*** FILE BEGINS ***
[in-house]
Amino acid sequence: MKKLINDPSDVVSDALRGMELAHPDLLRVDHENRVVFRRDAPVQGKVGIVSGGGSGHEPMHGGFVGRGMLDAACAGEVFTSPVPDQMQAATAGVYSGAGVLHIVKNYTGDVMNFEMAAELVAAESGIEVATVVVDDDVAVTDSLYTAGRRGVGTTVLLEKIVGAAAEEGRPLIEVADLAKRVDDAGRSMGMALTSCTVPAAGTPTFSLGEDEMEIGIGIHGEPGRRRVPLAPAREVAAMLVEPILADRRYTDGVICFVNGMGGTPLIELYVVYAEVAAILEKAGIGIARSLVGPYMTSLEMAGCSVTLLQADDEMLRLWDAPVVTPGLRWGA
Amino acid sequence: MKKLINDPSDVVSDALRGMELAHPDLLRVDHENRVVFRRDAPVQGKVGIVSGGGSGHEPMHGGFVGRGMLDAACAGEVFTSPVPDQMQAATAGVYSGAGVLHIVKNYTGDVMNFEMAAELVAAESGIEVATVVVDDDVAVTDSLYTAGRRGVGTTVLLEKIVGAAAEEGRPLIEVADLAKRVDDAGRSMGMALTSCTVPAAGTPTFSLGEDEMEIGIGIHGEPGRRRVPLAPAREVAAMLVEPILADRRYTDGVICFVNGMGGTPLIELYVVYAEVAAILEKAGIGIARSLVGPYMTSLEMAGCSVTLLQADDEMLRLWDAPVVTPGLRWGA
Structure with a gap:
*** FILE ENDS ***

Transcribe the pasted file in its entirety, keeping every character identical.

[in-house]
Amino acid sequence: MKKLINDPSDVVSDALRGMELAHPDLLRVDHENRVVFRRDAPVQGKVGIVSGGGSGHEPMHGGFVGRGMLDAACAGEVFTSPVPDQMQAATAGVYSGAGVLHIVKNYTGDVMNFEMAAELVAAESGIEVATVVVDDDVAVTDSLYTAGRRGVGTTVLLEKIVGAAAEEGRPLIEVADLAKRVDDAGRSMGMALTSCTVPAAGTPTFSLGEDEMEIGIGIHGEPGRRRVPLAPAREVAAMLVEPILADRRYTDGVICFVNGMGGTPLIELYVVYAEVAAILEKAGIGIARSLVGPYMTSLEMAGCSVTLLQADDEMLRLWDAPVVTPGLRWGA
Amino acid sequence: MKKLINDPSDVVSDALRGMELAHPDLLRVDHENRVVFRRDAPVQGKVGIVSGGGSGHEPMHGGFVGRGMLDAACAGEVFTSPVPDQMQAATAGVYSGAGVLHIVKNYTGDVMNFEMAAELVAAESGIEVATVVVDDDVAVTDSLYTAGRRGVGTTVLLEKIVGAAAEEGRPLIEVADLAKRVDDAGRSMGMALTSCTVPAAGTPTFSLGEDEMEIGIGIHGEPGRRRVPLAPAREVAAMLVEPILADRRYTDGVICFVNGMGGTPLIELYVVYAEVAAILEKAGIGIARSLVGPYMTSLEMAGCSVTLLQADDEMLRLWDAPVVTPGLRWGA
Structure with a gap: